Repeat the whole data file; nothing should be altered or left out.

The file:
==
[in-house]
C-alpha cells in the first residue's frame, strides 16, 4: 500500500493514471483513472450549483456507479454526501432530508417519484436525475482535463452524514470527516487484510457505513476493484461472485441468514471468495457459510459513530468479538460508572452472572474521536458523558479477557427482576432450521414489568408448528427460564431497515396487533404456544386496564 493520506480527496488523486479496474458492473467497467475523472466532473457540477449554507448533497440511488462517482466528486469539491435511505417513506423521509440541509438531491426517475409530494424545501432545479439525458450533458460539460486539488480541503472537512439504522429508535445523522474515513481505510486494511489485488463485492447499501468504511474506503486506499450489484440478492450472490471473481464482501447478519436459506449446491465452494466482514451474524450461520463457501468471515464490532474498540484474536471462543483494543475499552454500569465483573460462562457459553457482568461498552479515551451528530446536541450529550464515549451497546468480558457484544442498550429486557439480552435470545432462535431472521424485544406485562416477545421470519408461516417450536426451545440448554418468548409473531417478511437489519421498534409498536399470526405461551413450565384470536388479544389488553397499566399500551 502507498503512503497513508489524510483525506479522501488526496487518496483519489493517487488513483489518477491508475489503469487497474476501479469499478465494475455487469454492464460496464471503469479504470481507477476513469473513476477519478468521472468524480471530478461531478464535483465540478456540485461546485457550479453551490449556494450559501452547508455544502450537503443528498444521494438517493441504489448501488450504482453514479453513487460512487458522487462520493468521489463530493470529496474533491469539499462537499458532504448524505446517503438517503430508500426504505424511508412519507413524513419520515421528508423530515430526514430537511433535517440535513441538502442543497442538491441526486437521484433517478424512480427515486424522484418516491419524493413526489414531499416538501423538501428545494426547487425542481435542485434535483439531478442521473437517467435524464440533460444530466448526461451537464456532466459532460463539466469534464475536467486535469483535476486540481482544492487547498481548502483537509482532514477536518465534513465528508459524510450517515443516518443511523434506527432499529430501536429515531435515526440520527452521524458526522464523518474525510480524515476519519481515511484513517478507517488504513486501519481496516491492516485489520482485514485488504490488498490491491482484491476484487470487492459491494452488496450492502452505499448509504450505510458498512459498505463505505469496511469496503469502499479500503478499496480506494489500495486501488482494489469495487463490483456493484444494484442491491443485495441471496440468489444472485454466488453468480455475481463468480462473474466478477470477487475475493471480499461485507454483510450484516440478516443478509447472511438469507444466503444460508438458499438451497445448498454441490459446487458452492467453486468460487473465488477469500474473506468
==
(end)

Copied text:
[in-house]
C-alpha cells in the first residue's frame, strides 16, 4: 500500500493514471483513472450549483456507479454526501432530508417519484436525475482535463452524514470527516487484510457505513476493484461472485441468514471468495457459510459513530468479538460508572452472572474521536458523558479477557427482576432450521414489568408448528427460564431497515396487533404456544386496564 493520506480527496488523486479496474458492473467497467475523472466532473457540477449554507448533497440511488462517482466528486469539491435511505417513506423521509440541509438531491426517475409530494424545501432545479439525458450533458460539460486539488480541503472537512439504522429508535445523522474515513481505510486494511489485488463485492447499501468504511474506503486506499450489484440478492450472490471473481464482501447478519436459506449446491465452494466482514451474524450461520463457501468471515464490532474498540484474536471462543483494543475499552454500569465483573460462562457459553457482568461498552479515551451528530446536541450529550464515549451497546468480558457484544442498550429486557439480552435470545432462535431472521424485544406485562416477545421470519408461516417450536426451545440448554418468548409473531417478511437489519421498534409498536399470526405461551413450565384470536388479544389488553397499566399500551 502507498503512503497513508489524510483525506479522501488526496487518496483519489493517487488513483489518477491508475489503469487497474476501479469499478465494475455487469454492464460496464471503469479504470481507477476513469473513476477519478468521472468524480471530478461531478464535483465540478456540485461546485457550479453551490449556494450559501452547508455544502450537503443528498444521494438517493441504489448501488450504482453514479453513487460512487458522487462520493468521489463530493470529496474533491469539499462537499458532504448524505446517503438517503430508500426504505424511508412519507413524513419520515421528508423530515430526514430537511433535517440535513441538502442543497442538491441526486437521484433517478424512480427515486424522484418516491419524493413526489414531499416538501423538501428545494426547487425542481435542485434535483439531478442521473437517467435524464440533460444530466448526461451537464456532466459532460463539466469534464475536467486535469483535476486540481482544492487547498481548502483537509482532514477536518465534513465528508459524510450517515443516518443511523434506527432499529430501536429515531435515526440520527452521524458526522464523518474525510480524515476519519481515511484513517478507517488504513486501519481496516491492516485489520482485514485488504490488498490491491482484491476484487470487492459491494452488496450492502452505499448509504450505510458498512459498505463505505469496511469496503469502499479500503478499496480506494489500495486501488482494489469495487463490483456493484444494484442491491443485495441471496440468489444472485454466488453468480455475481463468480462473474466478477470477487475475493471480499461485507454483510450484516440478516443478509447472511438469507444466503444460508438458499438451497445448498454441490459446487458452492467453486468460487473465488477469500474473506468